• Lymphocyte–Plasma Cell Debate
    • Passive Transfer Studies
    • Visualization of Antibody-Forming Cells
    • Transformation of Small Lymphocytes into Plasma Cells
    • Conclusion
  • Chapter 6. The Clonal Selection Theory of Antibody Formation
    • Introduction
    • Early Models of Antibody Formation
    • Challenges to Instruction Models
    • Paradigm Shift: From Instruction to Selection
    • The Clonal Selection Theory
    • Conclusion
  • Chapter 7. Plasma Cells Produce Antibody of a Single Specificity
    • Introduction
    • Single Cell Experiments: Development of the Microdrop Technique
    • Immunofluorescent Studies
    • Antigen Receptors on B Lymphocytes
    • Multiple Myeloma and the One Cell: One Antibody Concept
    • Development of Monoclonal Antibodies
    • Conclusion
  • Chapter 8. Self–Non-self Discrimination: How the Immune System Avoids Self-Destruction
    • Introduction
    • Horror Autotoxicus
    • Production of Autoantibodies
    • An Experiment of Nature
    • Acquisition of Self–Non-self Discrimination
    • Conclusion
  • Chapter 9. The Thymus in Lymphocyte Maturation
    • Introduction
    • Early History of the Thymus
    • Serendipity and Neonatal Thymectomy
    • Naturally Occurring Examples of Euthymic States
    • Conclusion
  • Chapter 10. The Bursa of Fabricius in Lymphocyte Maturation
    • Introduction
    • Early History of the Bursa of Fabricius
    • Serendipity and Bursectomy
    • Rediscovery of the Role of the Bursa of Fabricius
    • Search for the Bursa Equivalent in Mammals
    • Division of Lymphocytes into Two Functionally Distinct Populations
    • Markers to Differentiate T and B Lymphocytes
    • Conclusion
  • Chapter 11. Revealing the Structure of the Immunoglobulin Molecule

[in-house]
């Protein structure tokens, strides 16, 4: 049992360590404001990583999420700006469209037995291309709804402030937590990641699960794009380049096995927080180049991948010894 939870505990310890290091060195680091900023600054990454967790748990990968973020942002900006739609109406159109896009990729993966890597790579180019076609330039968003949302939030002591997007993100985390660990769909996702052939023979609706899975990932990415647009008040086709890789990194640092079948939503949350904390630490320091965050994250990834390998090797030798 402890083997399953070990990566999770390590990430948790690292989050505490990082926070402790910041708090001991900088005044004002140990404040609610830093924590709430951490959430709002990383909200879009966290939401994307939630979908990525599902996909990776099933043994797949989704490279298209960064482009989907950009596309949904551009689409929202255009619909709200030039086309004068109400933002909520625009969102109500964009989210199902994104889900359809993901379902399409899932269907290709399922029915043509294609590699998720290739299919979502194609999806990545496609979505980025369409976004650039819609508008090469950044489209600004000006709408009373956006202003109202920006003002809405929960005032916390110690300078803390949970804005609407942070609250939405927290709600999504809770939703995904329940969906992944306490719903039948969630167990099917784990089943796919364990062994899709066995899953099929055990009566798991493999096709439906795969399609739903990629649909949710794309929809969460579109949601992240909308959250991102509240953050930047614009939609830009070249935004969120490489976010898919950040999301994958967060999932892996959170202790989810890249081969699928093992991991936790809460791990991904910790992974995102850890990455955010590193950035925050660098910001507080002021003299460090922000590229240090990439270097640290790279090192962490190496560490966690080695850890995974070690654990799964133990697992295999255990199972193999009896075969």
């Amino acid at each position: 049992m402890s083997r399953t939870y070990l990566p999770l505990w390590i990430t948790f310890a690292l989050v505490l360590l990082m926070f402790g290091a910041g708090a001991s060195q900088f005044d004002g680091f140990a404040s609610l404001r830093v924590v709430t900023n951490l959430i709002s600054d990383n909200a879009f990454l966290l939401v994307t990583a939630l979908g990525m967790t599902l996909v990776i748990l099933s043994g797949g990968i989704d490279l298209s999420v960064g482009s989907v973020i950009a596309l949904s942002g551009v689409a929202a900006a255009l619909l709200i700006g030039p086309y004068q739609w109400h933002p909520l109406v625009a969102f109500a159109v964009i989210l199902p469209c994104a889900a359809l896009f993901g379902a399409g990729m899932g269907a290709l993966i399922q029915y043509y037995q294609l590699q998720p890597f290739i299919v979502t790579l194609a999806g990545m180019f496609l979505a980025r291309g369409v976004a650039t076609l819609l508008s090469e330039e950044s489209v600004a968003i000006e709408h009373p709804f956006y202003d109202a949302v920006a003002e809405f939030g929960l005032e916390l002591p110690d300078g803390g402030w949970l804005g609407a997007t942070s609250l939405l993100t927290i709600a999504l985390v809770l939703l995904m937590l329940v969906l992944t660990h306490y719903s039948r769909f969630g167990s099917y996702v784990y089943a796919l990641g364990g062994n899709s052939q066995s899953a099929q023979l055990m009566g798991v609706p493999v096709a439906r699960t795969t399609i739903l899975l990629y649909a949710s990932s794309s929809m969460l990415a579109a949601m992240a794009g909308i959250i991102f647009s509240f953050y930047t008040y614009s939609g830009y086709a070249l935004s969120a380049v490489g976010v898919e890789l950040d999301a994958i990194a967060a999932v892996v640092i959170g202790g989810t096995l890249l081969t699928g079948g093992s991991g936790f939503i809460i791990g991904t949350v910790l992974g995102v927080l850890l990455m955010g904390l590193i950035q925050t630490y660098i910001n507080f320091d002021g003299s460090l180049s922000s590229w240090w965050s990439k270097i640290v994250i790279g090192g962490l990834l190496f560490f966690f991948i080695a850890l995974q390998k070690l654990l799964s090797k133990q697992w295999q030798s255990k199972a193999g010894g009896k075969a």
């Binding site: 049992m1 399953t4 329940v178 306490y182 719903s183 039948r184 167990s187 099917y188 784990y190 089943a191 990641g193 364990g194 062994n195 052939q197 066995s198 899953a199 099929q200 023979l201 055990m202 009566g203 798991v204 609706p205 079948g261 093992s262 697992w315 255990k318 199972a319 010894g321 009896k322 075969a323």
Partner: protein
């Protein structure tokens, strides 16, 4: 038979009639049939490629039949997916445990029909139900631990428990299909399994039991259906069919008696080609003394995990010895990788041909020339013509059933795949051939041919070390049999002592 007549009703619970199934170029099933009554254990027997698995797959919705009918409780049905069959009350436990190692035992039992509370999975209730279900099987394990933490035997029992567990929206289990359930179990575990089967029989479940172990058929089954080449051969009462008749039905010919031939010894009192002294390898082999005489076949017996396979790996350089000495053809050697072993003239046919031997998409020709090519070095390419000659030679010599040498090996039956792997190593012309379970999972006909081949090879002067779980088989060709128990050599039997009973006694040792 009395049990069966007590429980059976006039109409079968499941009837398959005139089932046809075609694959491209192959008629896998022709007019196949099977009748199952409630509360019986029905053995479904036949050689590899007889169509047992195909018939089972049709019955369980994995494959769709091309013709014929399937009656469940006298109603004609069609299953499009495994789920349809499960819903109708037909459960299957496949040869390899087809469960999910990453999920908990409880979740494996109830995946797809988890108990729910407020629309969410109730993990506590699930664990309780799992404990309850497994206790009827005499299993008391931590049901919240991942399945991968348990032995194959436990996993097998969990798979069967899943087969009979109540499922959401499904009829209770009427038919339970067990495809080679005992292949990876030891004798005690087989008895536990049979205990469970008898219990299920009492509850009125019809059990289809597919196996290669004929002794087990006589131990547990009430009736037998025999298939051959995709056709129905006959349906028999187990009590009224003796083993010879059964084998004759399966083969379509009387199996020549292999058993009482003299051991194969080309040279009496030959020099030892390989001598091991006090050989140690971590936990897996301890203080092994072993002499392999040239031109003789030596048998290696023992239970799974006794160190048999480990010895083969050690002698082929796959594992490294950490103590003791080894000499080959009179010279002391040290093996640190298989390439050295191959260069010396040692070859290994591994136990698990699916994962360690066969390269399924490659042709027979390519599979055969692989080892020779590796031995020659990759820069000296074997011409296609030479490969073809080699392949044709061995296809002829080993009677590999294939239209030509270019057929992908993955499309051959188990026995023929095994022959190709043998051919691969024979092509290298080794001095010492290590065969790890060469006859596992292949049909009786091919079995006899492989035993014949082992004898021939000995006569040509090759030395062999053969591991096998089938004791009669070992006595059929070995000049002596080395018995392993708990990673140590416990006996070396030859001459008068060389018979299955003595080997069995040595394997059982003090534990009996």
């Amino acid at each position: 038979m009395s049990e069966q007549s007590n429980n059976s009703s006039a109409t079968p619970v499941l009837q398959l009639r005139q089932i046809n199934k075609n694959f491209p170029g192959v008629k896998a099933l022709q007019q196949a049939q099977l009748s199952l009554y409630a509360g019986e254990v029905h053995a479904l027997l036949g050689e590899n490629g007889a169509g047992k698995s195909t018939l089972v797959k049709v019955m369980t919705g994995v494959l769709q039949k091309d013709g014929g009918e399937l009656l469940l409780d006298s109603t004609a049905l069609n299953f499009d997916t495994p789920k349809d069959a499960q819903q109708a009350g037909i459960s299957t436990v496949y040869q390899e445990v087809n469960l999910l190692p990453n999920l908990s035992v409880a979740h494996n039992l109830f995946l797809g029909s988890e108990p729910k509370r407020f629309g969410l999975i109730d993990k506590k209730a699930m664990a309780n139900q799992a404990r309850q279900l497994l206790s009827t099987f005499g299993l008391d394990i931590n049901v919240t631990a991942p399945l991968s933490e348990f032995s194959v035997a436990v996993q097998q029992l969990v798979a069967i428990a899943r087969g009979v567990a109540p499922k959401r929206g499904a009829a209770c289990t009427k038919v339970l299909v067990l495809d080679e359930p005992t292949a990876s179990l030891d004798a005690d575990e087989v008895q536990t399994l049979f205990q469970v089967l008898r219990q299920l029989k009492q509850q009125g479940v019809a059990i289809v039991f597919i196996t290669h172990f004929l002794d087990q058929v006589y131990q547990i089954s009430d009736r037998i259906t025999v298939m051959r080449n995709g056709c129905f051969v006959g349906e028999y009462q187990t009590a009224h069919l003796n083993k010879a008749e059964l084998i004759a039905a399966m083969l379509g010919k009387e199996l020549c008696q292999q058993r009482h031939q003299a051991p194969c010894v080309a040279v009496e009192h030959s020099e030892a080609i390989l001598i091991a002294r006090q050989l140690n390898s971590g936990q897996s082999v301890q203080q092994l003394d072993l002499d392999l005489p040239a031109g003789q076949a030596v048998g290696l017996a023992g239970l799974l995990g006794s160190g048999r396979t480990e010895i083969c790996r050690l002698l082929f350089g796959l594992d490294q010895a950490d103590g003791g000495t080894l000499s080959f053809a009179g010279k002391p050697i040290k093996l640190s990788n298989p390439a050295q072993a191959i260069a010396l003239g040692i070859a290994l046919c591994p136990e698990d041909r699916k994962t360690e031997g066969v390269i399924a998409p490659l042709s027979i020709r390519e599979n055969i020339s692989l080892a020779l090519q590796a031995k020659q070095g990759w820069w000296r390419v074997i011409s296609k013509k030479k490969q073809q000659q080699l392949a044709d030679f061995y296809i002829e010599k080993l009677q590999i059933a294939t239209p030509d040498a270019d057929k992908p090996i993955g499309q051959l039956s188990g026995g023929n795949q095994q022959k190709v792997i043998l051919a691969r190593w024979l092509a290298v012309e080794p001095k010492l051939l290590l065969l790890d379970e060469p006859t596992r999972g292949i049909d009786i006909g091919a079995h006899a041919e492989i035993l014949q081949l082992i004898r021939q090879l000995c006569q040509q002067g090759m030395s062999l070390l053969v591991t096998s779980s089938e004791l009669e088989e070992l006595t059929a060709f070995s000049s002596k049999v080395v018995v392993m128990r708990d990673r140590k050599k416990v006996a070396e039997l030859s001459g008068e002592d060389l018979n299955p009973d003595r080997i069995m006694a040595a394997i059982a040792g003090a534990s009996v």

• Introduction
    • The Unitarian Hypothesis of Antibodies
    • The Composition and Structure of Antibodies
    • Development of the Four Chain Model of Antibody
    • Location of the Antigen Binding Site
    • Immunoglobulin Isotypes (Classes)
    • Conclusion
  • Chapter 12. Complement
    • Introduction
    • Early Evidence for Complement
    • The Classical Pathway
    • The Alternate (Properdin) Pathway
    • The Lectin Pathway
    • Biological Activity of Complement and Its Fragments
    • Conclusion
  • Chapter 13. Antibody Production Requires Thymus-Derived and Bone Marrow (Bursa)-Derived Lymphocyte Interactions
    • Introduction
    • The Hemolytic Plaque Assay
    • T-B Lymphocyte Collaboration in Antibody Formation
    • T-Independent Antigens
    • Conclusion
  • Chapter 14. Cell Collaboration in the Antibody Response: Role of Adherent Cells
    • Introduction
    • Morphological Changes
    • Information Exchange
    • Collaboration Between Adherent and Nonadherent Cells
    • Genetic Control of Macrophage–Lymphocyte Interactions
    • Conclusion
  • Chapter 15. Recognition Structures on Cells of the Innate Host Defense Mechanisms
    • Introduction
    • Early Investigations on Recognition by Phagocytic Cells
    • Discovery of Pattern Recognition Receptors
    • Conclusion
  • Chapter 16. The Adaptive Immune Response and Histocompatibility Genes
    • Introduction
    • Discovery of Histocompatibility Antigens and Genes
    • Regulation of the Adaptive Immune Response by MHC Genes
    • Correlation of MHC Gene Expression with Pathology
    • Molecular Structure of MHC-Coded Proteins